The U.S. presidential and Congressional elections are less than a year away, and many investors are wondering how they will affect the stock market.
Historically, election years have been associated with higher volatility and lower returns than non-election years, as uncertainty over the outcome and the policy implications weigh on investor sentiment. However, other factors influence the market performance, such as economic cycles, pandemics, inflation, and the global geopolitical environment.
In this blog post, we will discuss some of the key trends and scenarios that could shape the stock market in 2024, and offer some tips on how to prepare your portfolio for the election season.
According to a report by Dimensional Funds, the stock market has been favorable overall in 20 of the 24 election years from 1928 to 2020, only showing negative returns four times.1 However, the average annual return in election years was 11.3%, lower than the average annual return of 16.4% in all years. Moreover, the volatility of monthly returns in election years was 15.7%, higher than the volatility of 14.8% in all years.
The report also found that there was no clear relationship between the party of the president or the composition of Congress and the stock market performance.
The average annual return under Democratic presidents was 14.6%, while under Republican presidents it was 10.6%. The average annual return under unified governments (when the same party controls the White House and both chambers of Congress) was 14.3%, while under divided governments, it was 10.7%. However, these differences were not statistically significant, meaning that they could have occurred by chance.
The report concluded that investors should not base their investment decisions on the political cycle, as many other factors affect the market performance. The report also advised investors to stay diversified, avoid market timing, and focus on their long-term goals.
While history can provide some insights into how elections may affect the stock market, it is not a reliable guide for predicting the future.
The 2024 elections will take place in a unique and unprecedented context, as the U.S. and the world are still recovering from the COVID-19 pandemic, facing rising inflation pressures, and dealing with various geopolitical challenges.
The outcome of the elections is also highly uncertain, as many variables could influence the voters’ preferences and behaviors.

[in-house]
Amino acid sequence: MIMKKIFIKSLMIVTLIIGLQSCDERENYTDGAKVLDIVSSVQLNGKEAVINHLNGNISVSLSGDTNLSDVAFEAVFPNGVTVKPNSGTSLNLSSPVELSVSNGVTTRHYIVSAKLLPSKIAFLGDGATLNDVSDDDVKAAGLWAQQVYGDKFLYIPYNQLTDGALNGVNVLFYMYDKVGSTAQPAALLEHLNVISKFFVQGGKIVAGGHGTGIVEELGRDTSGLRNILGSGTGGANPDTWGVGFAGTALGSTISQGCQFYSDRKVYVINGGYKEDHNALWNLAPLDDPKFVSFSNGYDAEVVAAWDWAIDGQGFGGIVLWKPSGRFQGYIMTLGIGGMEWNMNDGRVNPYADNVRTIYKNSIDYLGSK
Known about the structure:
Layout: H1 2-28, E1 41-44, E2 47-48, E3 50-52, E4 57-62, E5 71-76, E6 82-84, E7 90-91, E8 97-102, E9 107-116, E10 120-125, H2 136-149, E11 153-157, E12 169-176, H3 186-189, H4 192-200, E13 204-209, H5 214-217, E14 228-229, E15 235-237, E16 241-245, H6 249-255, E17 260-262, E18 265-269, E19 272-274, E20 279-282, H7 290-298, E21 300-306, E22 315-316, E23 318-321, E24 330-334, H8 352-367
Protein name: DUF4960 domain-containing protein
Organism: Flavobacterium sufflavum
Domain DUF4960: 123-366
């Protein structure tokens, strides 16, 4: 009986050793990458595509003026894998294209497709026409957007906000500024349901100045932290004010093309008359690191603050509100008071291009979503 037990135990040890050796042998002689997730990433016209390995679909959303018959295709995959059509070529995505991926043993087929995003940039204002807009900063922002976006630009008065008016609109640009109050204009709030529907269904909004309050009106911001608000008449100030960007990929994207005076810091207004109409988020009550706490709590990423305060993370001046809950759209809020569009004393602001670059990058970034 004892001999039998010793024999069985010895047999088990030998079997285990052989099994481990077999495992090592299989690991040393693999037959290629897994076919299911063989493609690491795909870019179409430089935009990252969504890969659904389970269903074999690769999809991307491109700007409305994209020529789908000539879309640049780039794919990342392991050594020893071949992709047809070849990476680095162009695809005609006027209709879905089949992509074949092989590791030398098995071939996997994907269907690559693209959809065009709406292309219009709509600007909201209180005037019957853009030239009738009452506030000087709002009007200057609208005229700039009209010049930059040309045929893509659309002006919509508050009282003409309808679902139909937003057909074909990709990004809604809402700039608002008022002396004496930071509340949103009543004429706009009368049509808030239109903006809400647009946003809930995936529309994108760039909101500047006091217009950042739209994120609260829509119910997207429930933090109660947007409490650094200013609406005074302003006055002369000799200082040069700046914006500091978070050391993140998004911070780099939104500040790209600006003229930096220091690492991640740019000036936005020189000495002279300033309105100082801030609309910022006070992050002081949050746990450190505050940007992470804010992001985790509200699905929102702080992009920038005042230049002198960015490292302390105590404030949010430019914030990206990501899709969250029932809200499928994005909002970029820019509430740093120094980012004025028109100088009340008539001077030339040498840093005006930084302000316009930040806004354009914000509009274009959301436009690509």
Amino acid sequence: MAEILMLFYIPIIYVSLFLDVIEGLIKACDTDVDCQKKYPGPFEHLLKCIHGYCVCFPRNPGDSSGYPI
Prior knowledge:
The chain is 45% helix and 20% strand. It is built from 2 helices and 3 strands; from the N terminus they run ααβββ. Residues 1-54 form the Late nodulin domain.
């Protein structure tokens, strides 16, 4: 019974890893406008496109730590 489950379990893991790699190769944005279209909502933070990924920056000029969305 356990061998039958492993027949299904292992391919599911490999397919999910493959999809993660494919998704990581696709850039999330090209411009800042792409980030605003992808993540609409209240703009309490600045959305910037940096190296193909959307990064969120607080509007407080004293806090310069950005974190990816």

According to the New York Times, former president Donald Trump leads a big field of Republican hopefuls, seeking to best President Joe Biden or one of his long-shot challengers.2 Trump has 53% support among Republican primary voters, followed by Florida Governor Ron DeSantis with 16%, entrepreneur Vivek Ramaswamy with 11%, former Vice President Mike Pence with 5%, and former U.N. ambassador Nikki Haley with 4%.
On the Democratic side, Biden has 64% support among Democratic primary voters, followed by environmental activist Robert F. Kennedy Jr. with 17%, and author Marianne Williamson with 9%.
However, these polls are subject to change as new events unfold and new candidates emerge or drop out. Moreover, polls may not accurately reflect the actual voting behavior, as factors such as turnout, enthusiasm, mobilization, and persuasion may affect the final results.
Depending on how the elections play out, there could be different scenarios for the stock market performance in 2024 and beyond.
One of the scenarios is that Biden wins re-election and Democrats retain control of Congress. This scenario would imply a continuation of Biden’s agenda, which includes higher taxes on corporations and wealthy individuals, increased spending on infrastructure, social programs, clean energy, and health care, more regulation on various sectors such as technology, finance, and energy, and more multilateralism on foreign policy and trade issues.
The growth rate of real gross domestic product (GDP), which measures the total value of goods and services produced in the economy, adjusted for inflation. This indicator reflects the overall health and performance of the economy and can influence voter confidence and satisfaction.
The unemployment rate measures the percentage of the labor force that is actively looking for work but unable to find it. This indicator reflects the availability and quality of jobs in the economy and can affect voter sentiment and well-being. According to a report by ThoughtCo, the average unemployment rate in election years since 1948 was 5.6%, higher than the average unemployment rate of 5.3% in all years.
The inflation rate measures the percentage change in the average level of prices of goods and services over time. The indicator reflects the purchasing power and cost of living of consumers and can impact voter expectations and preferences. According to a report by Forbes, the average inflation rate in election years since 1972 was 4.1%, higher than the average inflation rate of 3.9% in all years.
The stock market performance measures the changes in the prices and returns of various stocks and indexes over time. This indicator reflects the profitability and outlook of businesses and can influence voter wealth and confidence. According to a report by Investopedia, the average annual return of the S&P 500 index in election years since 1933 was 11.3%, lower than the average annual return of 16.4% in all years.
These are some of the most important economic indicators to watch during an election year, as they can affect voter behavior and election outcomes. However, they are not the only factors that matter, as other political, social, and global events can have an impact on the economy and the elections. Therefore, investors should stay informed, diversified, and focused on their long-term goals rather than trying to predict or time the market based on short-term fluctuations or uncertainties.